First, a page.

Case-finding in Multiple Endocrine Neoplasia: clues for a timely diagnosis

Medard van den Broek

Research output: ThesisDoctoral thesis 1 (Research UU / Graduation UU)

20 Downloads (Pure)


Multiple Endocrine Neoplasia (MEN) syndromes are rare, hereditary diseases, predisposing to the development of tumors in multiple endocrine organs and several non-endocrine features. Four distinct syndromes can be distinguished based on the underlying genetic defect and typical constellation of affected tissues: MEN1, MEN2A, MEN2B and MEN4. High penetrance of disease leads to high morbidity, decreased quality of life and reduced life expectancy in patients with all MEN subtypes. The first part of this thesis focuses on ways to identify MEN syndromes in time without exposing (many) patients to harms related to extensive screening. Especially in sporadic patients with an atypical phenotype, high-level evidence on the use of DNA analysis is lacking. Pituitary adenoma can be a first sign of MEN1, but a hereditary underlying condition is only found in 5% of patients. By conducting a systematic review of literature (chapter 2), we illustrated that in sporadic patients, DNA screening for MEN1 syndrome appears mainly useful in patients < 30 years. In MEN2B, timely case-finding is even more challenging due to its extreme rarity (0.09-0.17 per 100,000) and de novo presentation in 75-90% of cases. Given the frequently early-onset of aggressive medullary thyroid carcinoma (MTC), many patients already suffer from advanced disease upon diagnosis. In a retrospective study (chapter 4), we demonstrated that premonitory non-endocrine (primarily gastrointestinal) signs can offer a window of opportunity for timely detection of MEN2B, leading to a better outcome. Additionally, the results described in chapter 5 shed new light on anthropometric features of MEN2B: in the existing literature marfanoid habitus (i.a. tall stature, long limbs) is supposed to be strongly linked to MEN2B, leading to the assumption that children with MEN2B have tall stature. Surprisingly, meticulous growth charts analysis revealed a short stature during childhood in most MEN2B patients instead. In chapter 3, we described the incidence trends of Dutch pediatric MTC over 30 years. Presumably due to the implementation of DNA mutation testing in families with MEN2A and subsequent prophylactic thyroidectomy before the development of MTC in mutation carriers, we found a decreasing incidence of pediatric MTC over time. MEN patients are recommended to adhere to periodic biochemical and radiological surveillance in order to enable timely intervention if needed. The second part of this thesis concentrates on the occurrence and subsequent course of MEN1-related tumors. By studying the course of disease in the largest Dutch MEN1 families over a long period of time (chapter 6), we demonstrated that younger generations are diagnosed with MEN1-related tumors significantly earlier in life. Focusing on MEN1-related neuroendocrine tumors of the lung (chapter 7 and 8), we were able to show that these tumors generally have a good prognosis (also compared to sporadic neuroendocrine tumors of the lung) and are slow-growing, although sudden unpredictable aggressive tumor growth does occur rarely. By creating more insight into the natural course of MEN1-related manifestations, we aimed to contribute to more effective case-finding of MEN-related tumors with unfavorable course of disease in the future and to add to the development of personalized care.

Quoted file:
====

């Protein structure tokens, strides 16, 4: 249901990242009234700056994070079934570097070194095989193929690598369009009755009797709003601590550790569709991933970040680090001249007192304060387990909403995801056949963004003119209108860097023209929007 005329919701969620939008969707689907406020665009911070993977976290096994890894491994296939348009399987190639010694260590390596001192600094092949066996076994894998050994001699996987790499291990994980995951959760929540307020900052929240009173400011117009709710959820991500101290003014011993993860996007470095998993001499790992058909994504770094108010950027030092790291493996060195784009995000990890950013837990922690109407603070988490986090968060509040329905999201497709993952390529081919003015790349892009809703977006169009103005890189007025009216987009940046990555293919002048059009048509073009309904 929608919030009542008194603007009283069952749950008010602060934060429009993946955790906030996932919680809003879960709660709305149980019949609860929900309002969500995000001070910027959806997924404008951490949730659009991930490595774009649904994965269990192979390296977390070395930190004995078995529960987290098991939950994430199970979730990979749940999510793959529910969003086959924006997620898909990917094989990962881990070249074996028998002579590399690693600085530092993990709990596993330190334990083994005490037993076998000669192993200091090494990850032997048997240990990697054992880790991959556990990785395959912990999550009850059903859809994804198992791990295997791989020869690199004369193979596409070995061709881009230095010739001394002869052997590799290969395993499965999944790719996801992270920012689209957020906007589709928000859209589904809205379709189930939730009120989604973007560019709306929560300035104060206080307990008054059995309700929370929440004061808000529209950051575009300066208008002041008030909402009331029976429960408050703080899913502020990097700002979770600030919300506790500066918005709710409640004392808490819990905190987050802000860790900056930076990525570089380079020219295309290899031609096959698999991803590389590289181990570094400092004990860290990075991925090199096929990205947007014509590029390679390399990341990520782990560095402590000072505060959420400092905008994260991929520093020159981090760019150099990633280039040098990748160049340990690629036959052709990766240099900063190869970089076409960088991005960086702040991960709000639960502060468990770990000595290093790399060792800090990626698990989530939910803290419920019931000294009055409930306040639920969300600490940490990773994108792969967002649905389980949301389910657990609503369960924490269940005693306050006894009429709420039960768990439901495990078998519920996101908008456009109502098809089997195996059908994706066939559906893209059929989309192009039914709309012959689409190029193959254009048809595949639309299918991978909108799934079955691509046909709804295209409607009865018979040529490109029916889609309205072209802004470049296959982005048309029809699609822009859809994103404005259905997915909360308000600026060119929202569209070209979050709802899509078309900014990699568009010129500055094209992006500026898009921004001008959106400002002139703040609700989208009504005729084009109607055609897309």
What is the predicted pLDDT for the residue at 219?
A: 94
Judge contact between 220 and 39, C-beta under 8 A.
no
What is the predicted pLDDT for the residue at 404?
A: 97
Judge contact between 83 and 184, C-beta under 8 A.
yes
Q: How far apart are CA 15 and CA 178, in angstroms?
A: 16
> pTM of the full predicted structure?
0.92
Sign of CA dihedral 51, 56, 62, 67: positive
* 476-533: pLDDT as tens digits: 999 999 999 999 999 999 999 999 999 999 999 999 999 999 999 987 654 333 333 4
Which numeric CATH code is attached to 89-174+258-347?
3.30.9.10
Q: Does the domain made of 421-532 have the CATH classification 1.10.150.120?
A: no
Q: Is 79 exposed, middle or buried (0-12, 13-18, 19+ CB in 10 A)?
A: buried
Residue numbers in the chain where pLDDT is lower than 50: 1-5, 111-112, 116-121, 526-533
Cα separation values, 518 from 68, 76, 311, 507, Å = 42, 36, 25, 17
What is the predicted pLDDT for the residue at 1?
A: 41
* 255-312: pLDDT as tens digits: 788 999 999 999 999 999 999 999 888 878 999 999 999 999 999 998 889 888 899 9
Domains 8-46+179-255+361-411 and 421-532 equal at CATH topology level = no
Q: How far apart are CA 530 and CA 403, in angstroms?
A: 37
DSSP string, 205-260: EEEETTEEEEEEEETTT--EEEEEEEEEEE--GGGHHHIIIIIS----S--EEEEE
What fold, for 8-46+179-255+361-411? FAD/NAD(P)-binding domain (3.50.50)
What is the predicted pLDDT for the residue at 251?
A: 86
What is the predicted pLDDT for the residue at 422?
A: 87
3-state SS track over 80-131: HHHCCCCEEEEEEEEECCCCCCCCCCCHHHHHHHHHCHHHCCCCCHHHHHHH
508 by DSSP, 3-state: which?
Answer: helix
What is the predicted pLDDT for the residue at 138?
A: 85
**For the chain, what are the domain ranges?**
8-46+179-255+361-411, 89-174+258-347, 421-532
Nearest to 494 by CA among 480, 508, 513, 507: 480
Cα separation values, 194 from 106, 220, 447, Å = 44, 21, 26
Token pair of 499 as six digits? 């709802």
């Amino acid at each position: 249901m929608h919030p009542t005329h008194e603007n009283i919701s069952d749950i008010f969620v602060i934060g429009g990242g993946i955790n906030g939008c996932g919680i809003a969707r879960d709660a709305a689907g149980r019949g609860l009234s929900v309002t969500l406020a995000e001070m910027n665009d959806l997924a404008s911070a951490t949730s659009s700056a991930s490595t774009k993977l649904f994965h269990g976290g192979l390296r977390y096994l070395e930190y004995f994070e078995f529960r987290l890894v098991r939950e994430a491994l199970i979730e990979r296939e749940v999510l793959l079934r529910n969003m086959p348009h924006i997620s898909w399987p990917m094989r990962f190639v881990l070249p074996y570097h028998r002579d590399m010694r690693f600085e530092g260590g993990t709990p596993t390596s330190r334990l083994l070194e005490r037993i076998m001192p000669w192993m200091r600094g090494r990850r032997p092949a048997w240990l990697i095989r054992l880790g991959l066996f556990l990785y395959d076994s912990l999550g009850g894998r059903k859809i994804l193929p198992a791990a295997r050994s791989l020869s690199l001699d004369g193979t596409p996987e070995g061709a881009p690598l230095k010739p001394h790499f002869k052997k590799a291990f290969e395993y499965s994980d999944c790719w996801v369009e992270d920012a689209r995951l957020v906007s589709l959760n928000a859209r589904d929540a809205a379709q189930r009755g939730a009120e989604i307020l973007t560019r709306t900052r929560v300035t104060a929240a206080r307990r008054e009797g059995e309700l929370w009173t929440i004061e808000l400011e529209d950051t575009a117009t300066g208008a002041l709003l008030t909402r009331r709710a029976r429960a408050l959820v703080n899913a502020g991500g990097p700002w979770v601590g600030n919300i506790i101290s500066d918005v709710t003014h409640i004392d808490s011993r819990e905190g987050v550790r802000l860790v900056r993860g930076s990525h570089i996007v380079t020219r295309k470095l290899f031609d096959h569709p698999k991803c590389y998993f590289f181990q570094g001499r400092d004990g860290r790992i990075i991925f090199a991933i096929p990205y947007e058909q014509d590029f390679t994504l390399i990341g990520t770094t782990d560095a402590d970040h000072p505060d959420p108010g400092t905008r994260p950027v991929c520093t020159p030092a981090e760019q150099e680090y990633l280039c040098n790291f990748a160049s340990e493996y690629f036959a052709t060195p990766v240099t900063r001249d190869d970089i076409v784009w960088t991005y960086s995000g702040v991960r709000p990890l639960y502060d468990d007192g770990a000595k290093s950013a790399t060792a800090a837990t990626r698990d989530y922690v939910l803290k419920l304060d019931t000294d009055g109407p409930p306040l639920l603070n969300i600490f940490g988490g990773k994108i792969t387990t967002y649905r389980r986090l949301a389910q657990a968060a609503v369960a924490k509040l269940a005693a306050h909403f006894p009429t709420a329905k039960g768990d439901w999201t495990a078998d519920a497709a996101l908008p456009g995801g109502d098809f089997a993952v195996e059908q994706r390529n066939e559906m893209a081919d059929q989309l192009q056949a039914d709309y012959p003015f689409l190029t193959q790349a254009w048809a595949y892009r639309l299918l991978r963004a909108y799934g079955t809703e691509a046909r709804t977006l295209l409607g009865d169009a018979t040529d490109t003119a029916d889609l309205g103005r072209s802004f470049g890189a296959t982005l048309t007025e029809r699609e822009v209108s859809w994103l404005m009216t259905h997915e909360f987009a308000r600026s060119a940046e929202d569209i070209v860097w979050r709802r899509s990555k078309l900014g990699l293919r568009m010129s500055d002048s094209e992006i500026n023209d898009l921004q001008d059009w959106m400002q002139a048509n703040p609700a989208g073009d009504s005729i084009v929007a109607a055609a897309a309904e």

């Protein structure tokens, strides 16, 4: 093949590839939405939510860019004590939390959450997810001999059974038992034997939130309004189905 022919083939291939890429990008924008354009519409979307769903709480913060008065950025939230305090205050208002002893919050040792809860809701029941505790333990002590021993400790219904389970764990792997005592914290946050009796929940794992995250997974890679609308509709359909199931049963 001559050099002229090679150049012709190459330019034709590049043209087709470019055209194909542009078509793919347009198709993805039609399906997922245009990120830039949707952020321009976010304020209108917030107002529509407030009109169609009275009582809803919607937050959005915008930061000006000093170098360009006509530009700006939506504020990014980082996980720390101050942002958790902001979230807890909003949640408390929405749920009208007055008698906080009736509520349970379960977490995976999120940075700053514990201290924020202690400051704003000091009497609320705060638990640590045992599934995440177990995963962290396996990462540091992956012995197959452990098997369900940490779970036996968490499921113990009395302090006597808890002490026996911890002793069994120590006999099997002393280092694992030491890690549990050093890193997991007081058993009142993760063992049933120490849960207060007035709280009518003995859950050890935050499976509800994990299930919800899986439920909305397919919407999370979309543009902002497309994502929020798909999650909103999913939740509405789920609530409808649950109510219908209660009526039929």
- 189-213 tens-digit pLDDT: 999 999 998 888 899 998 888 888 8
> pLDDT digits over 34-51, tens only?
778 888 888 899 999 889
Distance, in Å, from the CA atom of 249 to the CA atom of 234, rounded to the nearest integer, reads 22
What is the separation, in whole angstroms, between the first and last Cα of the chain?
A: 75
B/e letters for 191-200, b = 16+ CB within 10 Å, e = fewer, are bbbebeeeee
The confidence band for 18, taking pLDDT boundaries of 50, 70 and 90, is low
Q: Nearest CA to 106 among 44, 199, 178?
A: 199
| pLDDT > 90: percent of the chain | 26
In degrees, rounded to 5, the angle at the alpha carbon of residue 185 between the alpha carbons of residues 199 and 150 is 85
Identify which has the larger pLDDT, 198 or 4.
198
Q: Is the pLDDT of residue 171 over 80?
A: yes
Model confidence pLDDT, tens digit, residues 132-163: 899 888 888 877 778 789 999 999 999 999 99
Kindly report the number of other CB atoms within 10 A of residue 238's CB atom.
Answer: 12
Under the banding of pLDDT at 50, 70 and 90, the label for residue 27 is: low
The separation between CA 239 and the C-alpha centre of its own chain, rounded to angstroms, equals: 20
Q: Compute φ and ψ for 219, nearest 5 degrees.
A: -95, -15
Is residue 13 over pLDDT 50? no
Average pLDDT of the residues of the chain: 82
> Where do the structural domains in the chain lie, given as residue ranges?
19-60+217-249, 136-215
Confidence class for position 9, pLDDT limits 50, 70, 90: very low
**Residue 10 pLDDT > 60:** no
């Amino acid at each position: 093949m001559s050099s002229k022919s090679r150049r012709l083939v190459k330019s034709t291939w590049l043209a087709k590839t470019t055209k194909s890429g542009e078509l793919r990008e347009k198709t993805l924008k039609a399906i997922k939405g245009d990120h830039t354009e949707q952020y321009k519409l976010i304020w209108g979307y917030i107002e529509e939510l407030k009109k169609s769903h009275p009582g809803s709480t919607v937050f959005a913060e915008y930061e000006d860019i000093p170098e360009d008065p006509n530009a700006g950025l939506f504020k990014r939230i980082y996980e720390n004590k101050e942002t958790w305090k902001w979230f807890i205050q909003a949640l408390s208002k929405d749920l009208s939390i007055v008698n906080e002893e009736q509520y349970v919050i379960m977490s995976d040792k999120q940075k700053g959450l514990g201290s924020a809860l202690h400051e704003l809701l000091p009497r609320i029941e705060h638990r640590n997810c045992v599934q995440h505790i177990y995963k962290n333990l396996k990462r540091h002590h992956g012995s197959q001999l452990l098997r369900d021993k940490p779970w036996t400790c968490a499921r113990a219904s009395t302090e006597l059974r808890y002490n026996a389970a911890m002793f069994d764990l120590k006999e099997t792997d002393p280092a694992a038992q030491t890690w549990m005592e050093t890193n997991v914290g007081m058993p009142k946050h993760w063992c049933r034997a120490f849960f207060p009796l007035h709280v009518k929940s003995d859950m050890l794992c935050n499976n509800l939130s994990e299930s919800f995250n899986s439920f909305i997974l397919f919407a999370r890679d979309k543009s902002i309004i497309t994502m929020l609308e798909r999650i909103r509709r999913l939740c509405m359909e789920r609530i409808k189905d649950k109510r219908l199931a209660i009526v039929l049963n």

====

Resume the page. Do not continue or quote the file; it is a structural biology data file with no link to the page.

Original languageEnglish
Awarding Institution
  • University Medical Center (UMC) Utrecht
  • Valk, Gerlof, Primary supervisor
  • Vriens, Menno, Supervisor
  • Verrijn Stuart, AA, Co-supervisor
  • van Leeuwaarde, Rachel, Co-supervisor
Award date11 Nov 2021
Print ISBNs978-94-6423-465-7
Publication statusPublished - 11 Nov 2021


  • Multiple Endocrine Neoplasia
  • neuroendocrine tumors
  • genetic disorders
  • diagnosis
  • surveillance
  • screening
  • follow-up


Dive into the research topics of 'Case-finding in Multiple Endocrine Neoplasia: clues for a timely diagnosis'. Together they form a unique fingerprint.

Cite this